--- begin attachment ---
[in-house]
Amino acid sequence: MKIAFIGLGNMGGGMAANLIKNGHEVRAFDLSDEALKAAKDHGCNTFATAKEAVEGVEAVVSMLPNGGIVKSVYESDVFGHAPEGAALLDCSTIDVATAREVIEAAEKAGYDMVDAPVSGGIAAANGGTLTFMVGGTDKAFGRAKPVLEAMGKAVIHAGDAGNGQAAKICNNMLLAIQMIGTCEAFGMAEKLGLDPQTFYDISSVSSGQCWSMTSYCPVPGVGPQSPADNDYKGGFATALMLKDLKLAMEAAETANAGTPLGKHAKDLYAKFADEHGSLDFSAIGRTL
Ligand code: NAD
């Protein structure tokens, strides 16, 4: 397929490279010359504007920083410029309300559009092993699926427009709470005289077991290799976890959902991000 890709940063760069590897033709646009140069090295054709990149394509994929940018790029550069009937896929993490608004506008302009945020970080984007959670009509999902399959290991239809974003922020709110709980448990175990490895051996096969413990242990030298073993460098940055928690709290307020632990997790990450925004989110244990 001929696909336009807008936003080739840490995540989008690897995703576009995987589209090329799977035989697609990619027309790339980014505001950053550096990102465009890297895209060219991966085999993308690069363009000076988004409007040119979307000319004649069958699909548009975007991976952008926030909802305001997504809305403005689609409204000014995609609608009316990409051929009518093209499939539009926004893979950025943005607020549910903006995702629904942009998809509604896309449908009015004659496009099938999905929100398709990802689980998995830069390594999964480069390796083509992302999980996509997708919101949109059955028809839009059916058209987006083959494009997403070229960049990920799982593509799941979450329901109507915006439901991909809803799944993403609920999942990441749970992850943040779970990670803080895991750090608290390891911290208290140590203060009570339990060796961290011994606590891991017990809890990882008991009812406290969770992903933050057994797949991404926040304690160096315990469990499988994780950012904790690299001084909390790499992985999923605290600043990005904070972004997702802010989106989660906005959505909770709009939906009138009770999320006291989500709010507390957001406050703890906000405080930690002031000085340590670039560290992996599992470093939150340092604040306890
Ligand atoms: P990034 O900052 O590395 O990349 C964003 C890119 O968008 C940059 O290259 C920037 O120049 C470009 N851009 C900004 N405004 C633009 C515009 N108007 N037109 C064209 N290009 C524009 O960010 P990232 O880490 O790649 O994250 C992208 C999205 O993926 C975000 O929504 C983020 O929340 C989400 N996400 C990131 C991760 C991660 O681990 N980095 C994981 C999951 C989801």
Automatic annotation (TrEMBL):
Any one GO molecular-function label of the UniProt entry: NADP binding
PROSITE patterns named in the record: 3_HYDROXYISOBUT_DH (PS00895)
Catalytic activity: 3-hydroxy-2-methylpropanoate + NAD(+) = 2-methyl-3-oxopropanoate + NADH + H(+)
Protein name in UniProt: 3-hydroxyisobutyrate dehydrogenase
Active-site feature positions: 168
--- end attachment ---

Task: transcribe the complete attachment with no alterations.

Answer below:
[in-house]
Amino acid sequence: MKIAFIGLGNMGGGMAANLIKNGHEVRAFDLSDEALKAAKDHGCNTFATAKEAVEGVEAVVSMLPNGGIVKSVYESDVFGHAPEGAALLDCSTIDVATAREVIEAAEKAGYDMVDAPVSGGIAAANGGTLTFMVGGTDKAFGRAKPVLEAMGKAVIHAGDAGNGQAAKICNNMLLAIQMIGTCEAFGMAEKLGLDPQTFYDISSVSSGQCWSMTSYCPVPGVGPQSPADNDYKGGFATALMLKDLKLAMEAAETANAGTPLGKHAKDLYAKFADEHGSLDFSAIGRTL
Ligand code: NAD
């Protein structure tokens, strides 16, 4: 397929490279010359504007920083410029309300559009092993699926427009709470005289077991290799976890959902991000 890709940063760069590897033709646009140069090295054709990149394509994929940018790029550069009937896929993490608004506008302009945020970080984007959670009509999902399959290991239809974003922020709110709980448990175990490895051996096969413990242990030298073993460098940055928690709290307020632990997790990450925004989110244990 001929696909336009807008936003080739840490995540989008690897995703576009995987589209090329799977035989697609990619027309790339980014505001950053550096990102465009890297895209060219991966085999993308690069363009000076988004409007040119979307000319004649069958699909548009975007991976952008926030909802305001997504809305403005689609409204000014995609609608009316990409051929009518093209499939539009926004893979950025943005607020549910903006995702629904942009998809509604896309449908009015004659496009099938999905929100398709990802689980998995830069390594999964480069390796083509992302999980996509997708919101949109059955028809839009059916058209987006083959494009997403070229960049990920799982593509799941979450329901109507915006439901991909809803799944993403609920999942990441749970992850943040779970990670803080895991750090608290390891911290208290140590203060009570339990060796961290011994606590891991017990809890990882008991009812406290969770992903933050057994797949991404926040304690160096315990469990499988994780950012904790690299001084909390790499992985999923605290600043990005904070972004997702802010989106989660906005959505909770709009939906009138009770999320006291989500709010507390957001406050703890906000405080930690002031000085340590670039560290992996599992470093939150340092604040306890
Ligand atoms: P990034 O900052 O590395 O990349 C964003 C890119 O968008 C940059 O290259 C920037 O120049 C470009 N851009 C900004 N405004 C633009 C515009 N108007 N037109 C064209 N290009 C524009 O960010 P990232 O880490 O790649 O994250 C992208 C999205 O993926 C975000 O929504 C983020 O929340 C989400 N996400 C990131 C991760 C991660 O681990 N980095 C994981 C999951 C989801």
Automatic annotation (TrEMBL):
Any one GO molecular-function label of the UniProt entry: NADP binding
PROSITE patterns named in the record: 3_HYDROXYISOBUT_DH (PS00895)
Catalytic activity: 3-hydroxy-2-methylpropanoate + NAD(+) = 2-methyl-3-oxopropanoate + NADH + H(+)
Protein name in UniProt: 3-hydroxyisobutyrate dehydrogenase
Active-site feature positions: 168